But perhaps the most damaging brain-related effect of marijuana use is the likelihood of addiction. According to the National Institute on Drug Abuse, 30% of marijuana users have some degree of marijuana use disorder. Worse, someone who begins using the drug before the age of 18 is up to seven times more likely to ultimately develop a marijuana use disorder. As with any drug dependency, marijuana addiction can damage personal and professional relationships and wreak havoc on one’s ability to live a productive, healthy life.
How Marijuana Affects the Body
The effects of marijuana on the body are wide-reaching and can be severe. For example, users who smoke marijuana are subject to several respiratory conditions. Marijuana smoke irritates the lungs and bronchial passages in the same way tobacco does and can lead to a phlegmy cough, burning mouth or throat, and even a heightened risk of bronchitis. Further, marijuana can worsen existing respiratory conditions like asthma or cystic fibrosis.
Smoking marijuana can cause one’s heart rate to spike, generating a demand for increased oxygen, which adds continued strain on the body and can lead to a heart attack or stroke. Often, the blood vessels of marijuana users will expand — an occurrence that explains why so many marijuana users appear to have bloodshot eyes. People who consistently use marijuana may find that they get sick easier or more often than others who don’t. That’s because the THC found in marijuana can weaken or suppress the body’s immune system, making the person more susceptible to bodily infections.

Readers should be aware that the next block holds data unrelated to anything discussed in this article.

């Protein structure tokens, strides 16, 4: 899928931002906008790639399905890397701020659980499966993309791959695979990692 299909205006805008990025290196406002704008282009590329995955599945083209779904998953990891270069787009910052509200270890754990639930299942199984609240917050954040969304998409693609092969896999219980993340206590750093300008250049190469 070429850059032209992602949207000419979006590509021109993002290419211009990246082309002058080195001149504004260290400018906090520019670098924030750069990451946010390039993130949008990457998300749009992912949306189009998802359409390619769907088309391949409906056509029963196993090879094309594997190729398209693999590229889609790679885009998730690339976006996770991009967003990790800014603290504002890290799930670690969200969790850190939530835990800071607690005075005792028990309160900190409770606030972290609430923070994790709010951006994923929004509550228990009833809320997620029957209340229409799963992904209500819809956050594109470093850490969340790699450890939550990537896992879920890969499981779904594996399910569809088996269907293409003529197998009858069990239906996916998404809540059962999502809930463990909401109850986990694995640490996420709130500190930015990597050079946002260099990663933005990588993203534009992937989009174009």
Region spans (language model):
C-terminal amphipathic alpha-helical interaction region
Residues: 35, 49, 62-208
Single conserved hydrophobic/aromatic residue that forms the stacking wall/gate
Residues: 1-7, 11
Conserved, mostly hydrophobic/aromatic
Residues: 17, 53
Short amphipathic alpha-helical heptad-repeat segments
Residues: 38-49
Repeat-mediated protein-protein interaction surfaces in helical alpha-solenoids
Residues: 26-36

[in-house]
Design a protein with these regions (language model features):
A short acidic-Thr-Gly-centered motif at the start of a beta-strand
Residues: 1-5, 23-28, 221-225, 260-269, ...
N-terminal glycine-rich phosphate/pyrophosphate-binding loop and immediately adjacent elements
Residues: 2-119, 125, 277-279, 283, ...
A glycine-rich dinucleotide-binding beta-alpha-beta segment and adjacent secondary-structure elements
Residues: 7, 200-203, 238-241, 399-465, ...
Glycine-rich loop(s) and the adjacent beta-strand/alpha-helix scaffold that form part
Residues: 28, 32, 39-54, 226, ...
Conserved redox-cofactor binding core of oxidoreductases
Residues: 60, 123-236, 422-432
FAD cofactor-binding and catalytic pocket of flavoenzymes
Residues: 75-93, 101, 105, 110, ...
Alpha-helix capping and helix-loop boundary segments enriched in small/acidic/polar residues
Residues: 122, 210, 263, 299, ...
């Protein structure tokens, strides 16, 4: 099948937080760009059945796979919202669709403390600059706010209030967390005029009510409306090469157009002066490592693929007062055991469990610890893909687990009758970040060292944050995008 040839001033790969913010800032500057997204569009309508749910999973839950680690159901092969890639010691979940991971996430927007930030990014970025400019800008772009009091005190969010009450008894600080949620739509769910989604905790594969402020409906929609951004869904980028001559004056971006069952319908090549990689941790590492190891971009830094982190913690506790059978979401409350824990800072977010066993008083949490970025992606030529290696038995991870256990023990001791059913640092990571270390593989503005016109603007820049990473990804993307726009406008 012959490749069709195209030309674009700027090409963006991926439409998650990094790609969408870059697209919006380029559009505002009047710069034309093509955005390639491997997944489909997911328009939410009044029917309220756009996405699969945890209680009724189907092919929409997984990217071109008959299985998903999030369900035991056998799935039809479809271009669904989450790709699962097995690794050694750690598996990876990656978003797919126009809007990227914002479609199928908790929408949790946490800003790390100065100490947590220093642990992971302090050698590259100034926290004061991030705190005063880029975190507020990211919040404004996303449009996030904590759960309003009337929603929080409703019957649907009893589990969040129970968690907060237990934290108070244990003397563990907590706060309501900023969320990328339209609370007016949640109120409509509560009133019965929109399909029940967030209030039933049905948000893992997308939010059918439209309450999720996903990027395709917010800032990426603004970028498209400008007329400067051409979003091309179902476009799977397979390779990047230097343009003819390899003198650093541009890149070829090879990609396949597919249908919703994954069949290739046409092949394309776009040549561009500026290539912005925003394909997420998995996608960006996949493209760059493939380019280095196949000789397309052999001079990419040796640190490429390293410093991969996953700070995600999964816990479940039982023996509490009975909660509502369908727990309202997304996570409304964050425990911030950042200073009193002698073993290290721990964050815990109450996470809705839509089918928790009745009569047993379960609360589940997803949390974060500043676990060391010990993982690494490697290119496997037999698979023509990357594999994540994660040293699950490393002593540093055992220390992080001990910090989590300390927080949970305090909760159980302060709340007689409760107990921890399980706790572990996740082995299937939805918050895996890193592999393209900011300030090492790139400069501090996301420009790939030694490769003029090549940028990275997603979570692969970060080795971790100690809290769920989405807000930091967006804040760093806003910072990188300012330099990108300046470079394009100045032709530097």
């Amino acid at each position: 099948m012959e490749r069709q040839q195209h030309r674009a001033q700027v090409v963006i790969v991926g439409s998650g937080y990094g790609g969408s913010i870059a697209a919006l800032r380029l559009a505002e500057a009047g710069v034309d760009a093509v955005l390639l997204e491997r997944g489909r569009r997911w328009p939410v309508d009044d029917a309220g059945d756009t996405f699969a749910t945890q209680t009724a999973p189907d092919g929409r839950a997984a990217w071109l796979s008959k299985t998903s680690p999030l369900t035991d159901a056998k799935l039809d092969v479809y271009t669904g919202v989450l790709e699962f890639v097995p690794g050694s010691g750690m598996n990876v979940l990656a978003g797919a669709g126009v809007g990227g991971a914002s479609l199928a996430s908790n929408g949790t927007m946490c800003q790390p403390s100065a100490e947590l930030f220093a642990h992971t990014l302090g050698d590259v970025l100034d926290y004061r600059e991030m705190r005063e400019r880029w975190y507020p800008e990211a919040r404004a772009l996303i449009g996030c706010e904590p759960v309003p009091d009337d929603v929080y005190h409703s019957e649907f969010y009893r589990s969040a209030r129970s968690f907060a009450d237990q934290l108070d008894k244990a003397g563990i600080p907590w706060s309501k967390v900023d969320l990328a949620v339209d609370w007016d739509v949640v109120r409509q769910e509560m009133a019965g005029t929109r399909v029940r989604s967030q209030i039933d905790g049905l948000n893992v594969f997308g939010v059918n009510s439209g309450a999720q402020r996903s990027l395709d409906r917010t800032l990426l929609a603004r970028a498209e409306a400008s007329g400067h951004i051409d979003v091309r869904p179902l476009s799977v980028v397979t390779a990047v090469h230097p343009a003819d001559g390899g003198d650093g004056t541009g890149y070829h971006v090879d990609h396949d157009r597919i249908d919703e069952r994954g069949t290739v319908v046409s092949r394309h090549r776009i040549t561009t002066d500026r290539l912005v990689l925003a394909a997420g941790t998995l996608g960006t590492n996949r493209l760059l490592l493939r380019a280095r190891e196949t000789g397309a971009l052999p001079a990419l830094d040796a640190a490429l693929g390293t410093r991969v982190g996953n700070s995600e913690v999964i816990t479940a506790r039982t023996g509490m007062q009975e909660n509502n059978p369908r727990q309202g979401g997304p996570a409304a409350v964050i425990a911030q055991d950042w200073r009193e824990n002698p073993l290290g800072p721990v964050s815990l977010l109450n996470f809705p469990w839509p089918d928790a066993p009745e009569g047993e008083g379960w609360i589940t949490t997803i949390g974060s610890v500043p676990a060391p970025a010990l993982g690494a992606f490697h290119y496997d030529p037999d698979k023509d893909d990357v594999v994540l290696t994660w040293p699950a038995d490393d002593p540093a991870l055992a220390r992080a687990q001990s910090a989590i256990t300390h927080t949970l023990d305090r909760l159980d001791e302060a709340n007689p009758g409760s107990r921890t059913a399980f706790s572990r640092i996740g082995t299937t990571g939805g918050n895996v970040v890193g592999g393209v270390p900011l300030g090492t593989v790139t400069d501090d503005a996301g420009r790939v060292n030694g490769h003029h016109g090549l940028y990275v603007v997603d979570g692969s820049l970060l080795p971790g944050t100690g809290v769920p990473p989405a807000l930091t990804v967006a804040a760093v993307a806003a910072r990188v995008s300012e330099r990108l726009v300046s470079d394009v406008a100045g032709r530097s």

Marijuana also has a heavy influence on appetite and digestion. Active users find the drug may increase their appetite, which often leads to unhealthy weight gain, especially when a sedentary lifestyle is involved. And while there’s some evidence to believe THC can ease nausea and vomiting, the inverse can also be true, with long-term and heavy use also triggering those same symptoms.
Women who are pregnant are advised to abstain from using marijuana as the child may be born underweight and experience a variety of developmental delays.
Of course, the best course of action for anyone using marijuana without the direction of a physician is to quit. Yet, even quitting can cause its own physical reaction — a process known as withdrawal. Symptoms of marijuana withdrawal include nausea, vomiting, sweating, and body aches, along with bouts of anger, restlessness, depression, anxiety, and insomnia.
Midwest Recovery Centers Can Help Users Overcome Marijuana Addiction
We provide cost-effective, quality treatment focused on marijuana addiction to help users get back to living productive, healthy lives. But we always recommend anyone in the throes of addiction spend time in our residential detoxification center to begin the road to recovery. This ensures that the person has access to real-time medical care and counsel on safely navigating the symptoms of withdrawal. Once detox is complete, we help users understand the root of the problems that drove them to partake in marijuana use and work with them to develop long-term solutions for success.
If you or a loved one is worried about the impact of marijuana on the brain and body, Midwest Recovery Centers can help. Contact us today.
Reviewed and Assessed by
Taylor Brown, B.A.Com., CADC
Tim Coleman, M. of Ed.